It was the last question that caught the entertained but less-than-capacity crowd by surprise.
As a young man asked the panel consisting of Hahn, manager Robin Ventura and television play-by-play announcer Ken "Hawk" Harrelson about catching defending American League champion Detroit in 2013, the crowd began to stir, then broke into laughter. The individual asking the question seemed surprised -- until he looked behind him and saw former GM Ken Williams getting in line.
"This will be the last question," said a smiling Hahn, referring to the Tigers' question, as he saw Williams step forward.
That moment of pure levity concluded a relatively low-key first question-and-answer session for Hahn as the team's GM. The crowd seemingly was held down by autograph sessions with Paul Konerko and Joe Crede basically going on simultaneously, and an autograph session with Chris Sale taking place just after its conclusion.
Nonetheless, there were good points made and valid concerns addressed.
Hahn tackled the opening Pierzynski question in the same way he has for most of the past month: The White Sox felt confident in Tyler Flowers taking over as the everyday catcher, and they felt less confident in the options behind Jake Peavy and at third base.
Basically, they allocated those funds to bring back Peavy via a two-year, $29 million deal and add free agent Jeff Keppinger through a three-year, $12 million deal.
"Fundamentally, all of us in my department -- or our department -- are fans, so we understand a reaction to a move or a lack of a move," said Hahn of the Pierzynski decision when he addressed the media before the opening ceremonies. "The perfect example is a decision not to bring back A.J.
"All of us react to that on a fan level. All the guys from '05 hold a special place in our heart. I got excited last year to see Cliff Politte or talk to Neal Cotts. All those guys will always have a special spot for each of us, not to mention a guy like A.J., who was with us for eight years and had a tremendous amount of success.
"Ultimately, it's on us to do what we feel like is the best in terms of maximizing wins over a longer period of time, [not] responding emotionally or with sentimentality. It's something we are aware of, but it's not something that drives decision-making as much as what we feel will maximize our wins."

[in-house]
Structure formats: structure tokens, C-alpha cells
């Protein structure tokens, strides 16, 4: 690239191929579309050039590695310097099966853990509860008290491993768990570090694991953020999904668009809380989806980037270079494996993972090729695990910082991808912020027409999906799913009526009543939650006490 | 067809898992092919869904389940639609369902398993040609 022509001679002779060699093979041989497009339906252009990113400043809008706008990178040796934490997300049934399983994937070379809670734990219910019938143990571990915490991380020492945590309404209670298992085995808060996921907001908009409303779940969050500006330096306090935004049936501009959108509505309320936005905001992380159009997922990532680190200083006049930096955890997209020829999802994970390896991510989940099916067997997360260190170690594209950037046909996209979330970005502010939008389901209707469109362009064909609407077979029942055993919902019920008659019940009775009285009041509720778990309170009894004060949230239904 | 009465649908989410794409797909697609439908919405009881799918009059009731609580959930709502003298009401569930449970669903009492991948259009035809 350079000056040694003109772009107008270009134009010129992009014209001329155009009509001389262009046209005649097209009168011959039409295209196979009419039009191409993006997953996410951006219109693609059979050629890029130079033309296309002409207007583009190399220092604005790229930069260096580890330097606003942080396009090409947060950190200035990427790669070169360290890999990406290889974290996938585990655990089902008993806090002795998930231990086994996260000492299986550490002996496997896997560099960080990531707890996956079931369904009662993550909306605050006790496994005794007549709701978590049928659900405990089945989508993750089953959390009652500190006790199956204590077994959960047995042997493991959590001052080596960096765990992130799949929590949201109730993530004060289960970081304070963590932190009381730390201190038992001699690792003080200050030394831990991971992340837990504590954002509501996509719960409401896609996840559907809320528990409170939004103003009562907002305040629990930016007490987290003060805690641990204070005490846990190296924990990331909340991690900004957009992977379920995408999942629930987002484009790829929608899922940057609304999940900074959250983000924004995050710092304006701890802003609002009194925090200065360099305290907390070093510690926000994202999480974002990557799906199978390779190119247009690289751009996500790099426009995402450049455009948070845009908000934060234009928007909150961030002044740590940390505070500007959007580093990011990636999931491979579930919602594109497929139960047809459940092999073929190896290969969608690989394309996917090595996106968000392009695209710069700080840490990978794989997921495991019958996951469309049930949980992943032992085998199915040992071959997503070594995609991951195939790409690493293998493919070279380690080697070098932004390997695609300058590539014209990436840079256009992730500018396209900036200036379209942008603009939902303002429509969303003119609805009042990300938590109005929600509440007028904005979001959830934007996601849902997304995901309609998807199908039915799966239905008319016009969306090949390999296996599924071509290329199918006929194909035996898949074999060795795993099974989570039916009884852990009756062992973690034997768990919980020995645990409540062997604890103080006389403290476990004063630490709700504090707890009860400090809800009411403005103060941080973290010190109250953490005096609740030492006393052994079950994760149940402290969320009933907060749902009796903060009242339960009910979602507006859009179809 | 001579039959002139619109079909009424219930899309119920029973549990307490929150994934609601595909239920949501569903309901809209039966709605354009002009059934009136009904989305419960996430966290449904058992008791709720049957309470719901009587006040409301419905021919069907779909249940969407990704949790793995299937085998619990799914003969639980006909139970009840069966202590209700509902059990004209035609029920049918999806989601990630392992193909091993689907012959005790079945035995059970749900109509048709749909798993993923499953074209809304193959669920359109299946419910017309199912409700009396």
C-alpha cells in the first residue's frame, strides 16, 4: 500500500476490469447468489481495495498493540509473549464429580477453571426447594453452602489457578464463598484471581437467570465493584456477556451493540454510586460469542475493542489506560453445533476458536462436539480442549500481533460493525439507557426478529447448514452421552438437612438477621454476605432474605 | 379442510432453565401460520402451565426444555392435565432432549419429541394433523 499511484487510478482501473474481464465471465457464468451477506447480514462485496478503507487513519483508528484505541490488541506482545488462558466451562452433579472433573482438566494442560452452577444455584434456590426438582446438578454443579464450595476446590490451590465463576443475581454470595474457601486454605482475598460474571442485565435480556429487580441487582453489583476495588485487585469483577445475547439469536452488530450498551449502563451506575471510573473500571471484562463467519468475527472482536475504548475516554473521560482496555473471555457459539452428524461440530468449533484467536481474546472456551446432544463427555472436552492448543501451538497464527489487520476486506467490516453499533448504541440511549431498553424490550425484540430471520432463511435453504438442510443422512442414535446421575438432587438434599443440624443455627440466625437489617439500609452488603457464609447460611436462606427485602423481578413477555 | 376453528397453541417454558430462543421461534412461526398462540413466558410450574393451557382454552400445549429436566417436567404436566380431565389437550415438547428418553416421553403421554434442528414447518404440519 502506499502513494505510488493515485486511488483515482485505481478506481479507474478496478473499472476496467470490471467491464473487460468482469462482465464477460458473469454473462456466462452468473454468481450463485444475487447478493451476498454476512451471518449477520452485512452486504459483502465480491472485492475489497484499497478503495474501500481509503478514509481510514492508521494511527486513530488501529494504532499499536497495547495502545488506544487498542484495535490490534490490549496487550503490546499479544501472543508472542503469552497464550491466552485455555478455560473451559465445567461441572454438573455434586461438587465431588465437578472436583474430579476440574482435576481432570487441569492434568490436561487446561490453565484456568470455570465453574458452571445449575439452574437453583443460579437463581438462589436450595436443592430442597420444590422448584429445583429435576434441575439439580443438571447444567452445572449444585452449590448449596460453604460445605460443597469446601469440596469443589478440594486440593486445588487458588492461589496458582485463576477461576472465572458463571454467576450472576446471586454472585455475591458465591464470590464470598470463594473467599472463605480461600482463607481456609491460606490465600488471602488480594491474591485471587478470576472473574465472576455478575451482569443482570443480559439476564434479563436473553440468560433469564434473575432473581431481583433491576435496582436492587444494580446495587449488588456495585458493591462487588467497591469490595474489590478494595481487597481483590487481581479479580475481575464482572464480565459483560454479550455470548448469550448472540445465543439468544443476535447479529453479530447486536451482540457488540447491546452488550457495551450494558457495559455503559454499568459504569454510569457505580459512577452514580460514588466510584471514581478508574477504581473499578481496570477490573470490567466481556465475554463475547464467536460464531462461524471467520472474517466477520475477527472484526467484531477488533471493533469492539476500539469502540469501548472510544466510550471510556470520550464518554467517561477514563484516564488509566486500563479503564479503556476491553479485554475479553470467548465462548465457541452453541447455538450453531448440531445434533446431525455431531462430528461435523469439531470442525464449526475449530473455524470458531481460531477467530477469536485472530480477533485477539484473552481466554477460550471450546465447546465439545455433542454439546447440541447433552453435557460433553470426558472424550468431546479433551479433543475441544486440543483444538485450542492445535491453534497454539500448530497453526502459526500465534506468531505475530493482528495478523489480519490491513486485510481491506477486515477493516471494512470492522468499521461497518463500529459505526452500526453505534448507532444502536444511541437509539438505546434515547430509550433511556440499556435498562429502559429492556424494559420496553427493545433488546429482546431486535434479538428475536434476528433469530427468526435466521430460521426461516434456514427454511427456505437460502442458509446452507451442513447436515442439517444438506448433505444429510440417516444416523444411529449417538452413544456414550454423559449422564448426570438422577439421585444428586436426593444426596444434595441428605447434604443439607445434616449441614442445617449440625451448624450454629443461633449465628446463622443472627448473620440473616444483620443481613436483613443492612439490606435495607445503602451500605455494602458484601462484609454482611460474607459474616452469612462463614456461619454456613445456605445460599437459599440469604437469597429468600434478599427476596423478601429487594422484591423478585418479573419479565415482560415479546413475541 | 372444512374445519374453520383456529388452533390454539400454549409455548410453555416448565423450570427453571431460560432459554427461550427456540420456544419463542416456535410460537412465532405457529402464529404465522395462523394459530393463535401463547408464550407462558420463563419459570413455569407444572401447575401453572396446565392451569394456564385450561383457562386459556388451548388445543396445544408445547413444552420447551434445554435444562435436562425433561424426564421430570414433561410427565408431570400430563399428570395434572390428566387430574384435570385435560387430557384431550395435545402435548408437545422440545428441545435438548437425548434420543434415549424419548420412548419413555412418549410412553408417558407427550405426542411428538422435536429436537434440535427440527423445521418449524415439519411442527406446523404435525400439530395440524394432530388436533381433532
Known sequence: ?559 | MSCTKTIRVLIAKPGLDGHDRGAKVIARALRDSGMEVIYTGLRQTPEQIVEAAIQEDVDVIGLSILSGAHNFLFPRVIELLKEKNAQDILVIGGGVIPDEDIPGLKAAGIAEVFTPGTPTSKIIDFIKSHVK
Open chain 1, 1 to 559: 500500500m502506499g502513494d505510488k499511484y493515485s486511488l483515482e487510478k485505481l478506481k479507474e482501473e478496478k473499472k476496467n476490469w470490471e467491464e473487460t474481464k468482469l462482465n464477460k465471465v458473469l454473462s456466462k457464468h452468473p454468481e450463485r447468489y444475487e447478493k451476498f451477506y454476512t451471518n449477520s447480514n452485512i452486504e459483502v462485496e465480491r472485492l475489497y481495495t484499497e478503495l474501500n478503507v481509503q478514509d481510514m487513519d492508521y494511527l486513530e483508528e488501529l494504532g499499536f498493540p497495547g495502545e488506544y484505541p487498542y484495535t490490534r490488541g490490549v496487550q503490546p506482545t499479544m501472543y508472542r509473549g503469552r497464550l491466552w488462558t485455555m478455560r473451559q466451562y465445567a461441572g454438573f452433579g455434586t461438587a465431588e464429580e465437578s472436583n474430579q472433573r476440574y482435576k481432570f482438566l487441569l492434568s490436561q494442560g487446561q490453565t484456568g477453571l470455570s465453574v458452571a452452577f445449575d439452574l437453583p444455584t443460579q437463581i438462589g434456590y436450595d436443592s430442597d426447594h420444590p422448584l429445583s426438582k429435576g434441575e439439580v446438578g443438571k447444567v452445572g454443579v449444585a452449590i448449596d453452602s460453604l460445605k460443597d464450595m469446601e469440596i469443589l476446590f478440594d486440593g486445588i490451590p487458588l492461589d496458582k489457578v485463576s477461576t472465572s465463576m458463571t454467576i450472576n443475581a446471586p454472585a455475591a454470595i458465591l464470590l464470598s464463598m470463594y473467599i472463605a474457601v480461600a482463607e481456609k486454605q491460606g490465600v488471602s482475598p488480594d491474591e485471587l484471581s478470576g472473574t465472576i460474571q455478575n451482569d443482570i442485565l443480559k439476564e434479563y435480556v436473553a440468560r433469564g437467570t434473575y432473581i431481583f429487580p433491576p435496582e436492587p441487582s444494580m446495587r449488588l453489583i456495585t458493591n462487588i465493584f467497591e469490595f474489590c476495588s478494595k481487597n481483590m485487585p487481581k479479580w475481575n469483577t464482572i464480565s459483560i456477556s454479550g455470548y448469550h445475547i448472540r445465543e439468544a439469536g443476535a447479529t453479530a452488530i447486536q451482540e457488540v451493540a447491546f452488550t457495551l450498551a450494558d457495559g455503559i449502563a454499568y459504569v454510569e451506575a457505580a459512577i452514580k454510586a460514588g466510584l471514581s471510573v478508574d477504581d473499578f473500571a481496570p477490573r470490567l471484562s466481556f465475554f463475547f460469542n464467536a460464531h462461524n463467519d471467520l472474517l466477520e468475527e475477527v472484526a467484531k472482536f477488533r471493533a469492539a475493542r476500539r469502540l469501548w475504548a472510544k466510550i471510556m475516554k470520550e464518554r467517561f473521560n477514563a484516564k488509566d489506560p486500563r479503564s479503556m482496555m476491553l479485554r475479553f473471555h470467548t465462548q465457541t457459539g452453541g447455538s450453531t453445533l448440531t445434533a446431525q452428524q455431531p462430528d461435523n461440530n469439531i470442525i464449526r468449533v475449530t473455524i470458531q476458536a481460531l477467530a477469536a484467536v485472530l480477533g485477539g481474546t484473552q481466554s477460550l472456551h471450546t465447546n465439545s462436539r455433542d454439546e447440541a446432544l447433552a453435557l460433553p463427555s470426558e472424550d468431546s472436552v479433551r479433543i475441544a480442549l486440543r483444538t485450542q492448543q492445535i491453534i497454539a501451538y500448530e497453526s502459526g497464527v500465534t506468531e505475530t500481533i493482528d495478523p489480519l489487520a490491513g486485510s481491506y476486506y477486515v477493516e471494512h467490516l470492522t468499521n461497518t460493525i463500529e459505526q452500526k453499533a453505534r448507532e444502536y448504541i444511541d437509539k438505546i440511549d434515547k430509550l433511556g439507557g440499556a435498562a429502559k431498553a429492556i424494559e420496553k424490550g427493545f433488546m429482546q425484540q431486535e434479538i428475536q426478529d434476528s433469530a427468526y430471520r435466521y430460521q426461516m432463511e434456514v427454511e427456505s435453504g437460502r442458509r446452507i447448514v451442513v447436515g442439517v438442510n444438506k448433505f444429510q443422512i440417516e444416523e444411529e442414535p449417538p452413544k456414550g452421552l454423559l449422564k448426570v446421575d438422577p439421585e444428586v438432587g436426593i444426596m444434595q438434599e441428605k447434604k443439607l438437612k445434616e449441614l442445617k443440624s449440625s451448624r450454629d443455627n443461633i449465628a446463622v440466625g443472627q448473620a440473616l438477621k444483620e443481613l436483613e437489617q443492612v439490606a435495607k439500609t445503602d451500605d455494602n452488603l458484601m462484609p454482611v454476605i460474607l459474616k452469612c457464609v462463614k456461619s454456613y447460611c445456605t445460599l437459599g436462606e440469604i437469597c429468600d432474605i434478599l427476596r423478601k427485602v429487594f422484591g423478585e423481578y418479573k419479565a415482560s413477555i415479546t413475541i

Other moments from the seminar included a question for Ventura about feeling more comfortable in his second year at the helm, Harrelson's praise of the way Ventura ran his first Spring Training and a question for Hahn about developing that elusive left-handed hitter from within the system, referencing fast-rising middle-infield prospect Carlos Sanchez. There also was one mildly perturbed fan asking why Zach Stewart, who was shipped to Boston as part of the Kevin Youkilis deal after struggling with the White Sox, was brought back as a recent waiver claim.
For $20,000, as Hahn explained, the White Sox were able to address their rotation depth at Triple-A Charlotte with Stewart. It's an important factor in case of injuries at the big league level, with the right-handed-hurling Stewart having Major League experience not possessed by such higher-rated prospects as Simon Castro and Nestor Molina.
One fan praised Hahn for being the Konerko of the front office, meaning Hahn passed on chances to run other teams to stay with the White Sox. Hahn admitted that he never thought of becoming White Sox GM when he started 13 years ago, believing that it wasn't a good practice to aspire to your boss' job.
Now he can't think of any other GM job he would want.
As for the question from arguably the most successful GM in White Sox history, Williams was succinct.
"One word answer: Will you do better or worse than the person who previously held this job?" Williams asked.
Without missing a beat, Hahn responded, "That's not a fair question. He had a better support staff."
Of course, Hahn was Williams' assistant GM. Now he's the man in the hot seat, although it was really lukewarm on Friday.